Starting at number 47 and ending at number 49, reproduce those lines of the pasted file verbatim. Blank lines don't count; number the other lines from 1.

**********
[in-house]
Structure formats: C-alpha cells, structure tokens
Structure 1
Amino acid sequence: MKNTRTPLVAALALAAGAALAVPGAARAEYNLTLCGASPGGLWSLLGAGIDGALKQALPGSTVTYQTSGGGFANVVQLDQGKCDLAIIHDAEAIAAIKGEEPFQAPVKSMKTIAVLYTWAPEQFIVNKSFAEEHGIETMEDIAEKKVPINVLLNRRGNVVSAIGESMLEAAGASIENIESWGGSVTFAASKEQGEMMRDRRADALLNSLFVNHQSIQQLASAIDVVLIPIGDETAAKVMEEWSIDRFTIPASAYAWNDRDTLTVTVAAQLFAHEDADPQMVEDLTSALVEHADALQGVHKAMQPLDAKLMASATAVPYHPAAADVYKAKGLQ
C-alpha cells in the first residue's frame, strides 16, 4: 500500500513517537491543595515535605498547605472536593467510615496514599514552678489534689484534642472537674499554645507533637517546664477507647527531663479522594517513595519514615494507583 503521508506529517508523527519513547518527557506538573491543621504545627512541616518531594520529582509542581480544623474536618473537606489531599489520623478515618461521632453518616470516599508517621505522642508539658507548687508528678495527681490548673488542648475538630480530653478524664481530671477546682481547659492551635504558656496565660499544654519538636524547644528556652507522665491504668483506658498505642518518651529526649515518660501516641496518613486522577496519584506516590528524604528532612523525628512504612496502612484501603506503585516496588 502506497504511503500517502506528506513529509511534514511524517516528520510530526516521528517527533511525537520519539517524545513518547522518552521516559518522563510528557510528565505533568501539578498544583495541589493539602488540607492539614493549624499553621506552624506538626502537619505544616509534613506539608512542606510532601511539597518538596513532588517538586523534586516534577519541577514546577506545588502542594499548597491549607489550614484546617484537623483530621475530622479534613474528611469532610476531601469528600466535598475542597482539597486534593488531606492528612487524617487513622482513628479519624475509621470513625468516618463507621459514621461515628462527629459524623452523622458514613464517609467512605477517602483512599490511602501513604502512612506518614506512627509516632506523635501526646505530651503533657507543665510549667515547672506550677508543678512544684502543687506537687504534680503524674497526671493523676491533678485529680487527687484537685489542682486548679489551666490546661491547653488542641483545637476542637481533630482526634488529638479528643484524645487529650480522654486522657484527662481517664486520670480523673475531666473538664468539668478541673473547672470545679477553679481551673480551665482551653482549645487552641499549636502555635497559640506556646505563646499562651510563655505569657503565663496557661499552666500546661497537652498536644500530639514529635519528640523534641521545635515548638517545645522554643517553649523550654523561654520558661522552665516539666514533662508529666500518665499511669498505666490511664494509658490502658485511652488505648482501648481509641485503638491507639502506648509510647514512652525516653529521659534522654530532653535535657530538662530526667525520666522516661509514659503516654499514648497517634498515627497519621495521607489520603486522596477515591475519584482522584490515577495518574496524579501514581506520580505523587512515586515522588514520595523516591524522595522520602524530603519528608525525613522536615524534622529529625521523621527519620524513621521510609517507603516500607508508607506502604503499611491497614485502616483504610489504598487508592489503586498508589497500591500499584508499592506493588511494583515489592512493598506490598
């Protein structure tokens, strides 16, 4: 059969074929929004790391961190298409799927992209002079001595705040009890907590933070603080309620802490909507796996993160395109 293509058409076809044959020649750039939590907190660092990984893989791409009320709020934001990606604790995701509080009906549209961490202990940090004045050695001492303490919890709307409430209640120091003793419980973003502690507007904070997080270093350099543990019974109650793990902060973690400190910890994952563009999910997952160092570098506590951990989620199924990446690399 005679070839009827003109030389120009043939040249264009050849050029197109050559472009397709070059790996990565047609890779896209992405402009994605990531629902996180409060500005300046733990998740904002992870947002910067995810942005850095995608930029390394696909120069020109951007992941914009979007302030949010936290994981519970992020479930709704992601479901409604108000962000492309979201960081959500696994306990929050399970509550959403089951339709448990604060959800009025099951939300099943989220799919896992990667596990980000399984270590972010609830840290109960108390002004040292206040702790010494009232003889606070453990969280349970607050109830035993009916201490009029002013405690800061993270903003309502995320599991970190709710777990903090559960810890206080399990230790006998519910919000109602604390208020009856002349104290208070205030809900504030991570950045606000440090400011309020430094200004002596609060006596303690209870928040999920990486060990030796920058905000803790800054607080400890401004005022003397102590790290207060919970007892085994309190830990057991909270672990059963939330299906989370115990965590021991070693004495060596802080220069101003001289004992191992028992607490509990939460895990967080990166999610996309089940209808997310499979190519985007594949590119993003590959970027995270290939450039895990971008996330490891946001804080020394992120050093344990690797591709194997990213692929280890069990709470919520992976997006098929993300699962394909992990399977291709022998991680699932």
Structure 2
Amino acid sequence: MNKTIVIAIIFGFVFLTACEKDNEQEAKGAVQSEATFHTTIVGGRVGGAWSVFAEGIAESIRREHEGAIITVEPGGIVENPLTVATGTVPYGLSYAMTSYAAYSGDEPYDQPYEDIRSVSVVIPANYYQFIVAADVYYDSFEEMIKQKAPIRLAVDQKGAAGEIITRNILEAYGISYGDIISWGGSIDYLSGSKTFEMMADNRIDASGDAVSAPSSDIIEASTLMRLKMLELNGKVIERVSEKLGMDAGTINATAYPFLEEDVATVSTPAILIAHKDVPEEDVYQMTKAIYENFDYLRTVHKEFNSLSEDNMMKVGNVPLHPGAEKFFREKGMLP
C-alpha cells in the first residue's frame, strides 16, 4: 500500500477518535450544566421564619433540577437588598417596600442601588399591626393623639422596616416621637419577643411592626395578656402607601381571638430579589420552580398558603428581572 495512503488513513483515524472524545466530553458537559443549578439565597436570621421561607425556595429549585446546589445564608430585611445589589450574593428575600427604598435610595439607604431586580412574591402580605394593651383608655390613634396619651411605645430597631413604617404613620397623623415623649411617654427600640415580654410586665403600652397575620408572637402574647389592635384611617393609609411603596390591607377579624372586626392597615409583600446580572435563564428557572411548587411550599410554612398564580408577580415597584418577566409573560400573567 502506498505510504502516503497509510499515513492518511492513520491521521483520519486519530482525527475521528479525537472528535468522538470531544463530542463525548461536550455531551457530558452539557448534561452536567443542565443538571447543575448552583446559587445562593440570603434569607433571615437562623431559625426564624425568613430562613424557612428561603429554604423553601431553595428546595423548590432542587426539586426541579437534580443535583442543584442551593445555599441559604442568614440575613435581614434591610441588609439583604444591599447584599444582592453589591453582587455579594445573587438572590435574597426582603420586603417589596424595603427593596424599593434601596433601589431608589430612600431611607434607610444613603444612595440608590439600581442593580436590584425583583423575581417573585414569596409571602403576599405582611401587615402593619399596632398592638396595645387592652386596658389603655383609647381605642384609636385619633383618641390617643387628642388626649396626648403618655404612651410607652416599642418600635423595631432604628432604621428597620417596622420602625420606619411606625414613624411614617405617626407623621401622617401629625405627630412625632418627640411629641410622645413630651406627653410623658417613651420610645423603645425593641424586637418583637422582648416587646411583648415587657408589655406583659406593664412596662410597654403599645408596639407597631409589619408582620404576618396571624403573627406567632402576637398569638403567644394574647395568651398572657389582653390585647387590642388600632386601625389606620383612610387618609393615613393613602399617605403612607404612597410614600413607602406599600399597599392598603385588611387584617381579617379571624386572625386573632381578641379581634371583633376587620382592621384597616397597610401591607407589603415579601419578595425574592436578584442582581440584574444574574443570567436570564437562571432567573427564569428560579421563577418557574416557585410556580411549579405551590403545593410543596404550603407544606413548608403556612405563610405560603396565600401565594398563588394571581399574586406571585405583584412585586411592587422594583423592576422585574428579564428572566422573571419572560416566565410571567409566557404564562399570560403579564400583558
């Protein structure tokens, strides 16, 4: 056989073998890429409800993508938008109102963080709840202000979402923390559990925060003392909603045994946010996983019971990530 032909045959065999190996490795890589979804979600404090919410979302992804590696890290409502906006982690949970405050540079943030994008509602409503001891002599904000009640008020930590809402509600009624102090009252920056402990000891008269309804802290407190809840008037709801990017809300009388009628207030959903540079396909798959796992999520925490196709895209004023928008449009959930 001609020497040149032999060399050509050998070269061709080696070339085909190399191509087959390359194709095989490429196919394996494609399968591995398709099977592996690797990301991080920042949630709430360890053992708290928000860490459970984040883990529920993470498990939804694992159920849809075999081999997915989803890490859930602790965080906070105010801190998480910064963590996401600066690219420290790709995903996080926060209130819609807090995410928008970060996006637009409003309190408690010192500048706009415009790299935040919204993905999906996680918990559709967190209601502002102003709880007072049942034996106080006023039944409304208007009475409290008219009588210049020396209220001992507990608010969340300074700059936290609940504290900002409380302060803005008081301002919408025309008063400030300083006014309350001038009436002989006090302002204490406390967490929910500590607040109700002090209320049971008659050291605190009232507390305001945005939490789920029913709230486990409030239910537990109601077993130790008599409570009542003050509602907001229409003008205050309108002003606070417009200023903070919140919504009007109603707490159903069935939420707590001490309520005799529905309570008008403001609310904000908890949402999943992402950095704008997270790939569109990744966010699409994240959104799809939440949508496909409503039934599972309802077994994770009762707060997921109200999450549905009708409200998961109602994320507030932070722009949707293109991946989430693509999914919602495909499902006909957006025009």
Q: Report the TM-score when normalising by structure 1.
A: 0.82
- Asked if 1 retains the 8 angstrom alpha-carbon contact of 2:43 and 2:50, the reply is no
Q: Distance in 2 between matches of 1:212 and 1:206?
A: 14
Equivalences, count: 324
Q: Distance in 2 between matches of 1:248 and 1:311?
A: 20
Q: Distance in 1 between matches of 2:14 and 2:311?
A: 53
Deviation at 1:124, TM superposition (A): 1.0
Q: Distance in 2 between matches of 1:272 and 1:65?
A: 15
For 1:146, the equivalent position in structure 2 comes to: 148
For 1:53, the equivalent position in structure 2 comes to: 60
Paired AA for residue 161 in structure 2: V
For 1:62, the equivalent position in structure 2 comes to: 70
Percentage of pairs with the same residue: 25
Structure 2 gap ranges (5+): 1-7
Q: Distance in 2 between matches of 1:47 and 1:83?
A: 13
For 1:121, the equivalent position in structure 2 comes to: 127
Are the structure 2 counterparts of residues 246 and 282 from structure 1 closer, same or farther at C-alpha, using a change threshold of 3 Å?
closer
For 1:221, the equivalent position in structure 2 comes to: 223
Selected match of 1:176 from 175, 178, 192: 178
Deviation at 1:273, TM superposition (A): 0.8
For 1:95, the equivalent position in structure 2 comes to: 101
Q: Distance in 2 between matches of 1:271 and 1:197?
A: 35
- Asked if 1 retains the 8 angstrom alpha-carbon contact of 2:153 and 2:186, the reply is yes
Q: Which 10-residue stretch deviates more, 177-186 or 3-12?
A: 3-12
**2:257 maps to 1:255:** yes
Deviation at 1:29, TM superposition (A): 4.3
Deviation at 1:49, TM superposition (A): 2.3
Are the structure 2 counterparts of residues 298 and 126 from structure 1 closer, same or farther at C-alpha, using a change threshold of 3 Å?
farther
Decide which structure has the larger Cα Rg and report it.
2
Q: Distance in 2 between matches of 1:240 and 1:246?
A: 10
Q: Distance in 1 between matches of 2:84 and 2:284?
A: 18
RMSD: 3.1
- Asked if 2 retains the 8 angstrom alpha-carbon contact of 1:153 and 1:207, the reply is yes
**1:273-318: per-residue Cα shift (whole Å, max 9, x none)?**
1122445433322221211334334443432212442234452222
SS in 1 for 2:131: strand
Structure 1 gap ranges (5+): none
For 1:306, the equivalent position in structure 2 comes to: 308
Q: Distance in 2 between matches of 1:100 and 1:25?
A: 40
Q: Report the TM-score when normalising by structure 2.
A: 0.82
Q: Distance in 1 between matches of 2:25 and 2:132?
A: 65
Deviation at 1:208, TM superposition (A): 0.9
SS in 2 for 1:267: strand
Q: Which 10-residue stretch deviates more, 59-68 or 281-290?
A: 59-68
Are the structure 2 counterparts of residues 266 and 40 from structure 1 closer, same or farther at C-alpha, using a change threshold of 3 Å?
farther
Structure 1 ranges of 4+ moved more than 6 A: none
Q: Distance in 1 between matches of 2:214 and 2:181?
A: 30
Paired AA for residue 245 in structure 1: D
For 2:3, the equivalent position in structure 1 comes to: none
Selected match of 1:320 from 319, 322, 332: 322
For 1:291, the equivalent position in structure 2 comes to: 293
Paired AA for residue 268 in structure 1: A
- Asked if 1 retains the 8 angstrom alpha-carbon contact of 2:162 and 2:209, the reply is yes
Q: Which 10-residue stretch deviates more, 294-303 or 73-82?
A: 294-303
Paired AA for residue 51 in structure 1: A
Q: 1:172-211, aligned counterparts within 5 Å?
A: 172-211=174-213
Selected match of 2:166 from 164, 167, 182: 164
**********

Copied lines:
Are the structure 2 counterparts of residues 298 and 126 from structure 1 closer, same or farther at C-alpha, using a change threshold of 3 Å?
farther
Decide which structure has the larger Cα Rg and report it.